Dancu, Gutwill, and Hido describe a process for designing science museum exhibits to create playful learning experiences. They outline five characteristics of play: It is structured by constraints, active without being stressful, focused on process not outcome, self-directed, and imaginative. For each characteristic, they offer an example of iterative design using formative evaluation.
Anderson, K. J. B. (2012). Science education and test-based accountability: Reviewing their relationship and exploring implications for future policy. Science Education, 96(1), 104–129. doi:10.1002/sce.20464
For almost two decades, strict accountability measures have been in place across the country. In this literature review, Anderson investigated the effect of accountability on K–12 science instruction. He found that curricula have narrowed, less time is being dedicated to science, teacher morale is lower, and expectations for some student groups have increased.
Van Schijndel, T. J. P., Franse, R. K., & Raijmakers, M. E. J. (2010). The Exploratory Behavior Scale: Assessing young visitors’ hands-on behavior in science museums. Science Education, 94, 794–809.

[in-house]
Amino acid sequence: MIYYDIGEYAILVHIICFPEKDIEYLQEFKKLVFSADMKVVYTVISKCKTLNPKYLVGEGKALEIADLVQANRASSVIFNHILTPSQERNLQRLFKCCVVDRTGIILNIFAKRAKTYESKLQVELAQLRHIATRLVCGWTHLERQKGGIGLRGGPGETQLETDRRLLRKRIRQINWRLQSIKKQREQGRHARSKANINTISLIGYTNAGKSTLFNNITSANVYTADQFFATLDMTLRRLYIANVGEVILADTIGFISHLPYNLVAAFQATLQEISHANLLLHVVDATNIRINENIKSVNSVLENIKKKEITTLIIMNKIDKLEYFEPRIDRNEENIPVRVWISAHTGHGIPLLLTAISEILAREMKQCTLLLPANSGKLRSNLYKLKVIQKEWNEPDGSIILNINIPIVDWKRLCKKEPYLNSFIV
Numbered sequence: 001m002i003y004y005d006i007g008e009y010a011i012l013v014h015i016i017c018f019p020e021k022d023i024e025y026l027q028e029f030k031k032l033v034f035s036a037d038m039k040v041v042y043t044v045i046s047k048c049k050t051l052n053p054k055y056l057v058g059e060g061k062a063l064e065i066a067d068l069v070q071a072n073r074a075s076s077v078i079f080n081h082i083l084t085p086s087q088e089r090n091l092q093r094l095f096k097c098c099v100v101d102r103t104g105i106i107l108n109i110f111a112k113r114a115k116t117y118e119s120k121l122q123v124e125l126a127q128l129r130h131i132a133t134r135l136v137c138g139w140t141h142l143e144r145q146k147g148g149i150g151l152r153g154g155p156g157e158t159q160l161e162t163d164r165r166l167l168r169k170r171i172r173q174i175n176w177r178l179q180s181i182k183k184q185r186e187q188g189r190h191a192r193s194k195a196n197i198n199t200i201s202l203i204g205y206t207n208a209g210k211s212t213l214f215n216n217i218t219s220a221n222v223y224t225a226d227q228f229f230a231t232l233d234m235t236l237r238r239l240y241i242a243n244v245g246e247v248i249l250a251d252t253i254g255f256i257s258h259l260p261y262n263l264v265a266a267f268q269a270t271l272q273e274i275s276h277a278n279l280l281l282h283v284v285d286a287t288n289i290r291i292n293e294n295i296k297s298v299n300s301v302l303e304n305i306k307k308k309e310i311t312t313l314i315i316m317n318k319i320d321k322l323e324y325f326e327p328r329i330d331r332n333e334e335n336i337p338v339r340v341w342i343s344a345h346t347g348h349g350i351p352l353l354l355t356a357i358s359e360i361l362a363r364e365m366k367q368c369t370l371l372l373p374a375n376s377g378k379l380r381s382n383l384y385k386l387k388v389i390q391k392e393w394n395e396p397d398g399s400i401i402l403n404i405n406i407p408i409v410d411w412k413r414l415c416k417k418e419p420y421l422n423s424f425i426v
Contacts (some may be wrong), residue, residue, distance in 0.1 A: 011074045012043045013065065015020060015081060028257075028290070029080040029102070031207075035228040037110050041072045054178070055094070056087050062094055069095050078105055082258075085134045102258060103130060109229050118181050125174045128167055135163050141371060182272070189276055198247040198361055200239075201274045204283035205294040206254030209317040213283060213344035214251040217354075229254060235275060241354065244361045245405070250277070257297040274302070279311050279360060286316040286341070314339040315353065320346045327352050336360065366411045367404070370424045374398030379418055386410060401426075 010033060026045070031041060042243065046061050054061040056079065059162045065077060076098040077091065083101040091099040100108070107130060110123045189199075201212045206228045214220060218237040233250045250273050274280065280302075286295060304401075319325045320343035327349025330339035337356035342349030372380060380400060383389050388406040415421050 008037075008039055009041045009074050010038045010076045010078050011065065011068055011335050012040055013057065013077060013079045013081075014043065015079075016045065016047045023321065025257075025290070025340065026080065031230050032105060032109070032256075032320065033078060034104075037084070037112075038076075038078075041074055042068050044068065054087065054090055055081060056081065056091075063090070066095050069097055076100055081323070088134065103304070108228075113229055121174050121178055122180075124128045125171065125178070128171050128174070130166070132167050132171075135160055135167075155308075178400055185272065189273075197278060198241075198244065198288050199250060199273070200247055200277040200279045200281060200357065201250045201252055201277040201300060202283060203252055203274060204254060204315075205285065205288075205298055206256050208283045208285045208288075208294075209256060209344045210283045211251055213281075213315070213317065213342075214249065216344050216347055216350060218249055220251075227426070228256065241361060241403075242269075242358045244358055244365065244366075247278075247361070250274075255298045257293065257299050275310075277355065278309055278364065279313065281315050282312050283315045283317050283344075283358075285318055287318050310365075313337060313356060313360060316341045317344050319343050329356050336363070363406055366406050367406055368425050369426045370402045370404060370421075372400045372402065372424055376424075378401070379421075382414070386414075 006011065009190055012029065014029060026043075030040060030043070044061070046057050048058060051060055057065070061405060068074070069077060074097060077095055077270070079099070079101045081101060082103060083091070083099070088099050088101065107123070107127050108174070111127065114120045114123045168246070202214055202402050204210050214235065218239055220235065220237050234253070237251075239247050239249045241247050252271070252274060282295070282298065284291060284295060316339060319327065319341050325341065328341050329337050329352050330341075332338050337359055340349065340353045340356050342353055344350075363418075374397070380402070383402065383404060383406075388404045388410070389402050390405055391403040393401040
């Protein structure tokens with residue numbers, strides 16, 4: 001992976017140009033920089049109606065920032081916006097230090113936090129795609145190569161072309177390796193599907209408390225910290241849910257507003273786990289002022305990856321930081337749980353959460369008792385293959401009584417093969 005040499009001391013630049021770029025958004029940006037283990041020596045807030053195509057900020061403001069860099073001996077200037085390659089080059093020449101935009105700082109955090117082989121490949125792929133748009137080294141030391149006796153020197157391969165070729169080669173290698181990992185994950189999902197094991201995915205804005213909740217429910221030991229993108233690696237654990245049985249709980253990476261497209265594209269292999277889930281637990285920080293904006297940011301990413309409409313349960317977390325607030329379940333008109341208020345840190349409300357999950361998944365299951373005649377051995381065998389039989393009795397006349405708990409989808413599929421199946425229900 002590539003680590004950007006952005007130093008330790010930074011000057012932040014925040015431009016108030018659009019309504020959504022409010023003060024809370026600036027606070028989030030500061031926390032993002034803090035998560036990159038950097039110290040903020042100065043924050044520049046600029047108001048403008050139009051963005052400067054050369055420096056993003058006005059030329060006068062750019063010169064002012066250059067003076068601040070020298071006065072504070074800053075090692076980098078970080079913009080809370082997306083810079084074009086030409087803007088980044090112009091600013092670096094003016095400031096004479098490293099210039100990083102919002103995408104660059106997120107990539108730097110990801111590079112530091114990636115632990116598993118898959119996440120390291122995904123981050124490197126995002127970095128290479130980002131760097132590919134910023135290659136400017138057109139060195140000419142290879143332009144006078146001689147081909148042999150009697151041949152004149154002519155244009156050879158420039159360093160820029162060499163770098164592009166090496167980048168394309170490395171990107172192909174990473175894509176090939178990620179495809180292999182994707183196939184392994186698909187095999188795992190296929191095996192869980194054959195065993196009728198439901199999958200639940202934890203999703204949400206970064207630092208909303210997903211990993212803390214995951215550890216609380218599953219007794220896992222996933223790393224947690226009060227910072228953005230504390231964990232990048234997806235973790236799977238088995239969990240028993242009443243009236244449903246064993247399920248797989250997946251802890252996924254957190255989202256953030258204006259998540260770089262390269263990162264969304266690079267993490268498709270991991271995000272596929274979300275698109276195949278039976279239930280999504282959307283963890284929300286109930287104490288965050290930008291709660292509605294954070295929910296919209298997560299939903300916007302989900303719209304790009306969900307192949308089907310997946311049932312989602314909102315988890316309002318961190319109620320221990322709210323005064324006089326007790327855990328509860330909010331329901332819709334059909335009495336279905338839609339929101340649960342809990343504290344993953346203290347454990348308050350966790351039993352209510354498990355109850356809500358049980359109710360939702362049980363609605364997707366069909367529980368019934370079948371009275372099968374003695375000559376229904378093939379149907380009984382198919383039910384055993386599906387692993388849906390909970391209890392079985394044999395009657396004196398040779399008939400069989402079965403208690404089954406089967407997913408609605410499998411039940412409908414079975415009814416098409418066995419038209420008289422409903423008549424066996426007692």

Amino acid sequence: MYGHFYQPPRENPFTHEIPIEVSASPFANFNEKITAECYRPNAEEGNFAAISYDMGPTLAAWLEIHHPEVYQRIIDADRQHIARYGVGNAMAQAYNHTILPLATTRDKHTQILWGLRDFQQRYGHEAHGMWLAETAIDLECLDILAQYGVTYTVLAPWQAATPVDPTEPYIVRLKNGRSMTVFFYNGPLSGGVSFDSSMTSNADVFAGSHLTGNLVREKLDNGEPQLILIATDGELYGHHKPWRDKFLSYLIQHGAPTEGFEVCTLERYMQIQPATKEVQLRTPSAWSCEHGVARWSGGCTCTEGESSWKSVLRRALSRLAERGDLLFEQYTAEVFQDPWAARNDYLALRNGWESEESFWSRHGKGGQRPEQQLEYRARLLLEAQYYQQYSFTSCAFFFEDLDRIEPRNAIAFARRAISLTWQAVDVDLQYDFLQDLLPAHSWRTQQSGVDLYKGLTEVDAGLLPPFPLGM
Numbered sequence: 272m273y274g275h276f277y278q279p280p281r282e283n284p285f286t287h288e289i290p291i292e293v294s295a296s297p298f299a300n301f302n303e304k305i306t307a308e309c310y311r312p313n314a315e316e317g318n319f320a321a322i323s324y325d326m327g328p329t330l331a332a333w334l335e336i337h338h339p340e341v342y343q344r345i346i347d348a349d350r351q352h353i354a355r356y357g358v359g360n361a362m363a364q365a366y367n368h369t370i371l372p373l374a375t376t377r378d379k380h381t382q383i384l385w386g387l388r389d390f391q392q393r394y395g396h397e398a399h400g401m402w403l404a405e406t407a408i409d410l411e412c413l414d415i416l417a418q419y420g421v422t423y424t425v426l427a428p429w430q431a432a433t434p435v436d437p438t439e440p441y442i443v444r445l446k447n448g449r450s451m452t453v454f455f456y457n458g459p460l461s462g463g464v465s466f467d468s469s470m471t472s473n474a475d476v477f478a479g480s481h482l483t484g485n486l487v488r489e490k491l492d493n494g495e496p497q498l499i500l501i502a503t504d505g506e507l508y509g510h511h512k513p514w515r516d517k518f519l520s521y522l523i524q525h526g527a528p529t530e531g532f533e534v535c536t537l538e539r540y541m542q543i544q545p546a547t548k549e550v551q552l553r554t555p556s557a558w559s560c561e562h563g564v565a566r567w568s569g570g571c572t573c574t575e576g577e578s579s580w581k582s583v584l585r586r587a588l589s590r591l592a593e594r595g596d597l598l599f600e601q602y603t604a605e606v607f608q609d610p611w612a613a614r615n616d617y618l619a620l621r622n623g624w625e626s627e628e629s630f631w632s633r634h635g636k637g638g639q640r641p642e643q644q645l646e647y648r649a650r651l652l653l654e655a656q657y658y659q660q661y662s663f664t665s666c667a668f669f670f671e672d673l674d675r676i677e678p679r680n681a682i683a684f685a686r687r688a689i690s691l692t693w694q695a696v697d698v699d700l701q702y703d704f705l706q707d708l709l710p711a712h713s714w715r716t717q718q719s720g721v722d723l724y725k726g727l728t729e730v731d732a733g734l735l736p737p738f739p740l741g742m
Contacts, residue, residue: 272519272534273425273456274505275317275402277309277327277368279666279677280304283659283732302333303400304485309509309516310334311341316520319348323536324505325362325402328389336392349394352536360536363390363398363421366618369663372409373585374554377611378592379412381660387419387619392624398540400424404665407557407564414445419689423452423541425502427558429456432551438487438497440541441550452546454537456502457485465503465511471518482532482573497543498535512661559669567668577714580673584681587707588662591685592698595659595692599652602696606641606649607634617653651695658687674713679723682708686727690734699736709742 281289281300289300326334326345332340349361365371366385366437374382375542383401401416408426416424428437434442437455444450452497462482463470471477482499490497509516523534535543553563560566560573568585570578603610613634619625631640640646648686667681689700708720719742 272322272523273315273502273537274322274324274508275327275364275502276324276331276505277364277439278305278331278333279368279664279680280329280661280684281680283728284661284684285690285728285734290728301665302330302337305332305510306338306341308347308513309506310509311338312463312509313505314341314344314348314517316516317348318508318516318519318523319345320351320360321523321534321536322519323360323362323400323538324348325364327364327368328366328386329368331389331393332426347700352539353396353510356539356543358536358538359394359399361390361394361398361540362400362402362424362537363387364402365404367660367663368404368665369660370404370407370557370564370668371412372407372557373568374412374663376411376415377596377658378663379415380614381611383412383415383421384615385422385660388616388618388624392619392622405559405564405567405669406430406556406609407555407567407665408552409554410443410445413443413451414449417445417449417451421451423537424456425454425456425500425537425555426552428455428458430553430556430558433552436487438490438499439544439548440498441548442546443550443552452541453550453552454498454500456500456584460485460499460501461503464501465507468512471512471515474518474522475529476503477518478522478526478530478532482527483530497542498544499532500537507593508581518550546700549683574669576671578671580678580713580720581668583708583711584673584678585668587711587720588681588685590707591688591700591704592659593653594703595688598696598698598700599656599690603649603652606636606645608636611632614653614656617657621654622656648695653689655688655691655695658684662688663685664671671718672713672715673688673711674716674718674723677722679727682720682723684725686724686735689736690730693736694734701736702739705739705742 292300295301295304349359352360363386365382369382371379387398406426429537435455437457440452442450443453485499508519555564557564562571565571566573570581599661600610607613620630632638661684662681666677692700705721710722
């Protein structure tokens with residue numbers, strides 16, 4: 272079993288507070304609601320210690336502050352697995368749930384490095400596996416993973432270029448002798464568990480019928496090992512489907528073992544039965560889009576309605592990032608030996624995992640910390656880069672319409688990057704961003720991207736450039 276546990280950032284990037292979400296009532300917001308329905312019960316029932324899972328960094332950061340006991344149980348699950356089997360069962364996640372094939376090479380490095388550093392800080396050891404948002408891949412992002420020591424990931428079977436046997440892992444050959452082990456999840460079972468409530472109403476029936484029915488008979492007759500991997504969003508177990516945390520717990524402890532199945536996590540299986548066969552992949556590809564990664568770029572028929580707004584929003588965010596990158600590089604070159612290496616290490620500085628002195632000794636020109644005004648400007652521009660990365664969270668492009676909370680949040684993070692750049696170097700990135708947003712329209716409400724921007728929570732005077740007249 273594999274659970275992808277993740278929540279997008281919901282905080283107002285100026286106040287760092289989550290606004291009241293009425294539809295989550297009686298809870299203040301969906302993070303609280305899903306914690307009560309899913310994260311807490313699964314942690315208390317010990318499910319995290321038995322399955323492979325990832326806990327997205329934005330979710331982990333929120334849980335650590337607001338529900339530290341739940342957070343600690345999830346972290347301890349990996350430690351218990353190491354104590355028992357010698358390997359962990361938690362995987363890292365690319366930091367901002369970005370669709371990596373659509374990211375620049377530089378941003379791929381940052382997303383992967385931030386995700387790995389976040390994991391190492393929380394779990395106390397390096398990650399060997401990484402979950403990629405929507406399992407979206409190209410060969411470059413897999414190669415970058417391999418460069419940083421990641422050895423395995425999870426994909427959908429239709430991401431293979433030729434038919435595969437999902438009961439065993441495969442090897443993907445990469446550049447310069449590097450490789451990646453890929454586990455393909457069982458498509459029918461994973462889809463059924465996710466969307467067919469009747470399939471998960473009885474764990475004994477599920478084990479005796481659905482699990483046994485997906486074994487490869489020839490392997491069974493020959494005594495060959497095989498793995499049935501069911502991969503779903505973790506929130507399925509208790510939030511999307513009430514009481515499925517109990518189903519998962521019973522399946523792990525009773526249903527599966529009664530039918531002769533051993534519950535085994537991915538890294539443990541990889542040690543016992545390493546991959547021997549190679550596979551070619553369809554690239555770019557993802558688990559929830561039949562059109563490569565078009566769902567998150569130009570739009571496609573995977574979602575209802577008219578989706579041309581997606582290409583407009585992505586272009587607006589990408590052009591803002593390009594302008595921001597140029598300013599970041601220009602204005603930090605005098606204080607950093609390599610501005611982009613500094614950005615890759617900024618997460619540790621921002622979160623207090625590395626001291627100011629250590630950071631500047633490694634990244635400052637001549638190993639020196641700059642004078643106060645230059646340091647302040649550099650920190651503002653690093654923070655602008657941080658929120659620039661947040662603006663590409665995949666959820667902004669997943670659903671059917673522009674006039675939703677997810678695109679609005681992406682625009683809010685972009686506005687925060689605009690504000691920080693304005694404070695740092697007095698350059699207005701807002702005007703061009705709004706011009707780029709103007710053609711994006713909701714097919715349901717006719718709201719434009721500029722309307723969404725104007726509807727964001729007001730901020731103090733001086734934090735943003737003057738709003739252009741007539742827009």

The authors of this paper were interested in knowing how parents can support exploratory behaviors of their preschool-aged children at museum exhibits. They developed a quantitative instrument based on psychological literature on exploration and play in order to describe and quantify young children's increasing levels of exploration of their environment. They then tested the measurement tool with parents and their preschool-aged children to investigate what types of adult coaching would achieve high-level exploratory behavior at various exhibits.
Palmer, K. L., Anderson, S. A., and Sabatelli, R. M. (2009). How is the afterschool field defining program quality? A review of effective program practices and definitions of program quality. Afterschool Matters, 9, 1–12.
This study is a summary of the review of the research literature of afterschool quality frameworks. It presents the debates on program effectiveness to help organizations, policymakers, funders, and evaluators make decisions about afterschool programming. This review is of help to ISE educators and program directors in understanding the current trends in outcomes-based programming, while grounding the conversation in the complexity and range of relevant developmental tasks.